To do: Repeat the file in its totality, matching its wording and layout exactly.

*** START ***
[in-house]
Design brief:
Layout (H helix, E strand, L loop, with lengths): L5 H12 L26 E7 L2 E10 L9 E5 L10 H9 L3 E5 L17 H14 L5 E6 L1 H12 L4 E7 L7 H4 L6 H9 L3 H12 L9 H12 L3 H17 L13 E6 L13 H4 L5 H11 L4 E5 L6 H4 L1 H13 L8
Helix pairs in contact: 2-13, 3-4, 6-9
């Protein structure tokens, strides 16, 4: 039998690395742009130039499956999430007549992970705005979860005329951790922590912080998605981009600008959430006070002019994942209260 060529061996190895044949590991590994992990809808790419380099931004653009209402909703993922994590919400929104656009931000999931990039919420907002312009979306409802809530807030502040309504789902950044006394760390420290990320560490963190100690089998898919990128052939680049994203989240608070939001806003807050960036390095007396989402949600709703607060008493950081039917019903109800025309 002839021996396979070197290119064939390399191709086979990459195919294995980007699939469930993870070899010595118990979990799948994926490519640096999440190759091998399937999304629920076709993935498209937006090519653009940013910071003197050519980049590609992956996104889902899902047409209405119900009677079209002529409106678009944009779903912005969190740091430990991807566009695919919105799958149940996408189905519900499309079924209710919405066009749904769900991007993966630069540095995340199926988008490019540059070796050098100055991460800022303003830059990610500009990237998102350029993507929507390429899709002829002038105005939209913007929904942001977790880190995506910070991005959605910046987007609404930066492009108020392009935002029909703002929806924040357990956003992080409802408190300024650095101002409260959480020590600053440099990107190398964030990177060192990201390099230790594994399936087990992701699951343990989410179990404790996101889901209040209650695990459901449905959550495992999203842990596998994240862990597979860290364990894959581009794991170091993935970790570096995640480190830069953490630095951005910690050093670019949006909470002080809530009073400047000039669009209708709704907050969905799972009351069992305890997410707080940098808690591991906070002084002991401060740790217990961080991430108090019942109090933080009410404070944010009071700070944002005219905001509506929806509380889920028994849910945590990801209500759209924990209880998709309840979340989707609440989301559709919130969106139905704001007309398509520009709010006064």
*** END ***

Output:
[in-house]
Design brief:
Layout (H helix, E strand, L loop, with lengths): L5 H12 L26 E7 L2 E10 L9 E5 L10 H9 L3 E5 L17 H14 L5 E6 L1 H12 L4 E7 L7 H4 L6 H9 L3 H12 L9 H12 L3 H17 L13 E6 L13 H4 L5 H11 L4 E5 L6 H4 L1 H13 L8
Helix pairs in contact: 2-13, 3-4, 6-9
């Protein structure tokens, strides 16, 4: 039998690395742009130039499956999430007549992970705005979860005329951790922590912080998605981009600008959430006070002019994942209260 060529061996190895044949590991590994992990809808790419380099931004653009209402909703993922994590919400929104656009931000999931990039919420907002312009979306409802809530807030502040309504789902950044006394760390420290990320560490963190100690089998898919990128052939680049994203989240608070939001806003807050960036390095007396989402949600709703607060008493950081039917019903109800025309 002839021996396979070197290119064939390399191709086979990459195919294995980007699939469930993870070899010595118990979990799948994926490519640096999440190759091998399937999304629920076709993935498209937006090519653009940013910071003197050519980049590609992956996104889902899902047409209405119900009677079209002529409106678009944009779903912005969190740091430990991807566009695919919105799958149940996408189905519900499309079924209710919405066009749904769900991007993966630069540095995340199926988008490019540059070796050098100055991460800022303003830059990610500009990237998102350029993507929507390429899709002829002038105005939209913007929904942001977790880190995506910070991005959605910046987007609404930066492009108020392009935002029909703002929806924040357990956003992080409802408190300024650095101002409260959480020590600053440099990107190398964030990177060192990201390099230790594994399936087990992701699951343990989410179990404790996101889901209040209650695990459901449905959550495992999203842990596998994240862990597979860290364990894959581009794991170091993935970790570096995640480190830069953490630095951005910690050093670019949006909470002080809530009073400047000039669009209708709704907050969905799972009351069992305890997410707080940098808690591991906070002084002991401060740790217990961080991430108090019942109090933080009410404070944010009071700070944002005219905001509506929806509380889920028994849910945590990801209500759209924990209880998709309840979340989707609440989301559709919130969106139905704001007309398509520009709010006064």